Wednesday, July 21, 2010
A DEDICATION TO ALL THE NIGHT OWLS
I began researching this topic late last night, or better yet, early this morning. Maybe around 1:30/2'ish o'clock because I was having trouble falling asleep. I've honestly been struggling to go to bed at a decent time for the past few weeks and I can definitely feel the effects on my body. It's no way that I can exercise when tired because I'll only get sick. Which has lead to the topic of this post.
Sleep is defined as a state of unconsciousness from which a person can be aroused. In this state, the brain is relatively more responsive to internal stimuli than external stimuli. Sleep is essential for the normal, healthy functioning of the human body. It is a complicated physiological phenomenon that scientists do not fully understand. Sleep is now known to be a dynamic process, and our brains are active during sleep. It affects our physical and mental health, and is essential for the normal functioning of all the systems of our body, including the immune system. The effect of sleep on the immune system affects one’s ability to fight disease and endure sickness.
In humans, it has been demonstrated that the metabolic activity of the brain decreases significantly after 24 hours of sustained wakefulness. Sleep deprivation results in a decrease in body temperature, a decrease in immune system function as measured by white blood cell count (the soldiers of the body), and a decrease in the release of growth hormone. Sleep deprivation can also cause increased heart rate variability.
For our nervous systems to work properly, sleep is needed. Sleep deprivation makes a person drowsy and unable to concentrate the next day. It also leads to impairment of memory and physical performance and reduced ability to carry out mathematical calculations. If sleep deprivation continues, hallucinations and mood swings may develop. Sleep helps humans maintain optimal emotional and social functioning while we are awake by giving rest during sleep to the parts of the brain that control emotions and social interactions.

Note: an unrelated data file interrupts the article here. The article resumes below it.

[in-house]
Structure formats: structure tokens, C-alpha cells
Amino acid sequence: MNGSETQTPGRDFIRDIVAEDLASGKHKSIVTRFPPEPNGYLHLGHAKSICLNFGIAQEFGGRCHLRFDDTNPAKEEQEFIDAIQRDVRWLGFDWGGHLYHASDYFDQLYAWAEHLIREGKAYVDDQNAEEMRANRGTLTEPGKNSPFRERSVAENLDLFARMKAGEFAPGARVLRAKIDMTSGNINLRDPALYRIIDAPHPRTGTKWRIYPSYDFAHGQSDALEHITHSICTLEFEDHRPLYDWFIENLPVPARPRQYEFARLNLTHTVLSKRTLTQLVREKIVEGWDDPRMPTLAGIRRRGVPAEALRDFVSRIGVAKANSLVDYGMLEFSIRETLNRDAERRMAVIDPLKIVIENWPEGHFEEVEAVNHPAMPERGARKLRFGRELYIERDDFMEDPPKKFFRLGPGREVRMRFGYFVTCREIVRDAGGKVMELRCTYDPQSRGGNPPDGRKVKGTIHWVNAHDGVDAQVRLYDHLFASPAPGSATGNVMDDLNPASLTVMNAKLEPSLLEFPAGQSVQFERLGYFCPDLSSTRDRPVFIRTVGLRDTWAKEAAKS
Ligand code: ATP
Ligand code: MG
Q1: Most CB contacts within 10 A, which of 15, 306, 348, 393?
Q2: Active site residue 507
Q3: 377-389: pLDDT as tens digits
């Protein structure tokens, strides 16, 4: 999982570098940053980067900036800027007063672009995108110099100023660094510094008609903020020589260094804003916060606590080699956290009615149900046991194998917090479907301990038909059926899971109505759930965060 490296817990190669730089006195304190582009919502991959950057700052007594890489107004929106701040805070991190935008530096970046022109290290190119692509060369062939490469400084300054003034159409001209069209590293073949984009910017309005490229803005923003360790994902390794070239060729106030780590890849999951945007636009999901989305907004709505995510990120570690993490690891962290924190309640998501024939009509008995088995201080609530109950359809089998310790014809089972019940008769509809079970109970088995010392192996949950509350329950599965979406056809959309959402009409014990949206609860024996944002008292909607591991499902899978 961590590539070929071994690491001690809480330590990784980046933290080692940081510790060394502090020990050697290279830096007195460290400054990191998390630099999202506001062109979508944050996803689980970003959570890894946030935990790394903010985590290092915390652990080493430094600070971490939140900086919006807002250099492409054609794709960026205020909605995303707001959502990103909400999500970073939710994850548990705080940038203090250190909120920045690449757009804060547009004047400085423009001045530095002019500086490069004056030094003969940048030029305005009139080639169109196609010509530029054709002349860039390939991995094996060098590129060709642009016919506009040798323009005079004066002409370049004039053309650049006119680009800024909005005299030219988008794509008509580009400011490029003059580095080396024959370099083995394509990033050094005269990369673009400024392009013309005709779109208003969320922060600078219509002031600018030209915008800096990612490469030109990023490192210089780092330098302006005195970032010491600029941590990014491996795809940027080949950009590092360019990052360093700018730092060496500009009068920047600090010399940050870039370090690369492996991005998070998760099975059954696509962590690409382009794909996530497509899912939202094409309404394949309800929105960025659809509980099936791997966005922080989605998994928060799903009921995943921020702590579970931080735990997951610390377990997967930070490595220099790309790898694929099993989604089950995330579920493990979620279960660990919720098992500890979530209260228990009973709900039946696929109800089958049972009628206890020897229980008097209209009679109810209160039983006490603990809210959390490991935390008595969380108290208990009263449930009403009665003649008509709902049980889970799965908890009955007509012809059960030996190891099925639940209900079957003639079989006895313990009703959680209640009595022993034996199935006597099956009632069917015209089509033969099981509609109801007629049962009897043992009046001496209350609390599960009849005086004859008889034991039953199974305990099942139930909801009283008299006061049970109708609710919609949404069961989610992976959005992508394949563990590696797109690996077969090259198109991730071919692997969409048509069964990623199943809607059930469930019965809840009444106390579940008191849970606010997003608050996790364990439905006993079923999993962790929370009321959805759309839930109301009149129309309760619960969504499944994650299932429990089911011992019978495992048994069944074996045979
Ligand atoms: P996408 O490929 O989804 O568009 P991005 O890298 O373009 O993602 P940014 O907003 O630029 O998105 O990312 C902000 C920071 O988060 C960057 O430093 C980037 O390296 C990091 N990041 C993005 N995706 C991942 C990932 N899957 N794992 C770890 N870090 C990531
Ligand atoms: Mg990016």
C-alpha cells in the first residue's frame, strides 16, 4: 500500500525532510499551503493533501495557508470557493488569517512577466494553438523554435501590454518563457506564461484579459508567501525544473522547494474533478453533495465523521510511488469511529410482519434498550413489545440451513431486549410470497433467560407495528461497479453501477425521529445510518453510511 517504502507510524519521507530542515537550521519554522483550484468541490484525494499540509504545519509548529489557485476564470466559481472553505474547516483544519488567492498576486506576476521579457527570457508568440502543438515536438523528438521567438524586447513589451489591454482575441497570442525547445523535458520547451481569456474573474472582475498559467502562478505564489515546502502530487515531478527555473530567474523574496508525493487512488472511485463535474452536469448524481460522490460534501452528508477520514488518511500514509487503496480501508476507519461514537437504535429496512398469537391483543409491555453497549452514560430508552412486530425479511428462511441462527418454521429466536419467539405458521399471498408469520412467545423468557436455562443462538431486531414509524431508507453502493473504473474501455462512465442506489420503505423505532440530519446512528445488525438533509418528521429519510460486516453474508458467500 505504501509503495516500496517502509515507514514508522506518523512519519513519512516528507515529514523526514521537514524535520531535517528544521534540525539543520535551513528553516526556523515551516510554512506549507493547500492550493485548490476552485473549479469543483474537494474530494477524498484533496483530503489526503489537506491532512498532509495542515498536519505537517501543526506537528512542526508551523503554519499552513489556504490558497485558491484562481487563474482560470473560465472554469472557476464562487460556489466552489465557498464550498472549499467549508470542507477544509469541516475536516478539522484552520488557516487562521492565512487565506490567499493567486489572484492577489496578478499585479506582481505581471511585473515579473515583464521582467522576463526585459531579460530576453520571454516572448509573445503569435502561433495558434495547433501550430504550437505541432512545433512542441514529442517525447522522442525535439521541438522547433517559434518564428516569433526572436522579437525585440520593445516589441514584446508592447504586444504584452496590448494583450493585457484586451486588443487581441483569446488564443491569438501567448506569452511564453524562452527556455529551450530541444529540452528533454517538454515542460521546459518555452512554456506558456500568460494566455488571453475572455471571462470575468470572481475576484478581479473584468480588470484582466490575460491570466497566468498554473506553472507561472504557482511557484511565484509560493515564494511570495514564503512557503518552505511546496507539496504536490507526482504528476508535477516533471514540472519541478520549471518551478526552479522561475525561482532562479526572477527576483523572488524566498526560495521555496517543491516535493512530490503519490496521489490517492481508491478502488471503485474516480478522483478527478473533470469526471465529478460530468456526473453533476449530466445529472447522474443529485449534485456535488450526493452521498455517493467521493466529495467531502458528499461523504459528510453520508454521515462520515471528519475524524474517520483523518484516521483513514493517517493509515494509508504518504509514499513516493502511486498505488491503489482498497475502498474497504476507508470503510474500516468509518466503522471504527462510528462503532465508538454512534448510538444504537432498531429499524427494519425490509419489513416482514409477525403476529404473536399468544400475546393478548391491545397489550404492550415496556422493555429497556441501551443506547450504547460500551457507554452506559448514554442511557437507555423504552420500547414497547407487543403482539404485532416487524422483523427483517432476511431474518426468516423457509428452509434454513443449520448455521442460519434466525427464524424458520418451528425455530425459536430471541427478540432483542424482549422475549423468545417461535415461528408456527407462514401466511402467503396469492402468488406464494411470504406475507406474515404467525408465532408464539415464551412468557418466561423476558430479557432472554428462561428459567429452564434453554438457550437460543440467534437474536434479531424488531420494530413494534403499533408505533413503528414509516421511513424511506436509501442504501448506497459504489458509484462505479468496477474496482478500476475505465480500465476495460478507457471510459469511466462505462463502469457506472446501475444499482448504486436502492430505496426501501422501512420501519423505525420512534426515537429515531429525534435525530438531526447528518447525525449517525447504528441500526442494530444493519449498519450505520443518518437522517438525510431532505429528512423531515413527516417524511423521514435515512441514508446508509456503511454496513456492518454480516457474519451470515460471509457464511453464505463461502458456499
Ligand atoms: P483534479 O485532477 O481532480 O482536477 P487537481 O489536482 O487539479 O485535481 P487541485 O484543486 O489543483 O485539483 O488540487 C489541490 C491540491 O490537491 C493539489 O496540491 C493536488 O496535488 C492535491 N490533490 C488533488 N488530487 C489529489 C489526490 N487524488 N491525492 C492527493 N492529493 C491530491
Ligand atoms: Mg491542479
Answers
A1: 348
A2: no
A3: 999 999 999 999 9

So here are six reasons to get a good night's sleep, according to Harvard Women's Health Watch:
1. Learning and memory: Sleep helps the brain commit new information to memory through a process called memory consolidation. In studies, people who’d slept after learning a task did better on tests later.
2. Metabolism and weight: Chronic sleep deprivation may cause weight gain by affecting the way our bodies process and store carbohydrates, and by altering levels of hormones that affect our appetite.
3. Safety: Sleep debt contributes to a greater tendency to fall asleep during the daytime. These lapses may cause falls and mistakes such as medical errors, air traffic mishaps, and road accidents.
4. Mood: Sleep loss may result in irritability, impatience, inability to concentrate, and moodiness. Too little sleep can also leave you too tired to do the things you like to do.
5. Cardiovascular health: Serious sleep disorders have been linked to hypertension, increased stress hormone levels, and irregular heartbeat.
6. Disease: Sleep deprivation alters immune function, including the activity of the body’s killer cells. Keeping up with sleep may also help fight cancer.
Harvard Health Publications of Harvard Medical School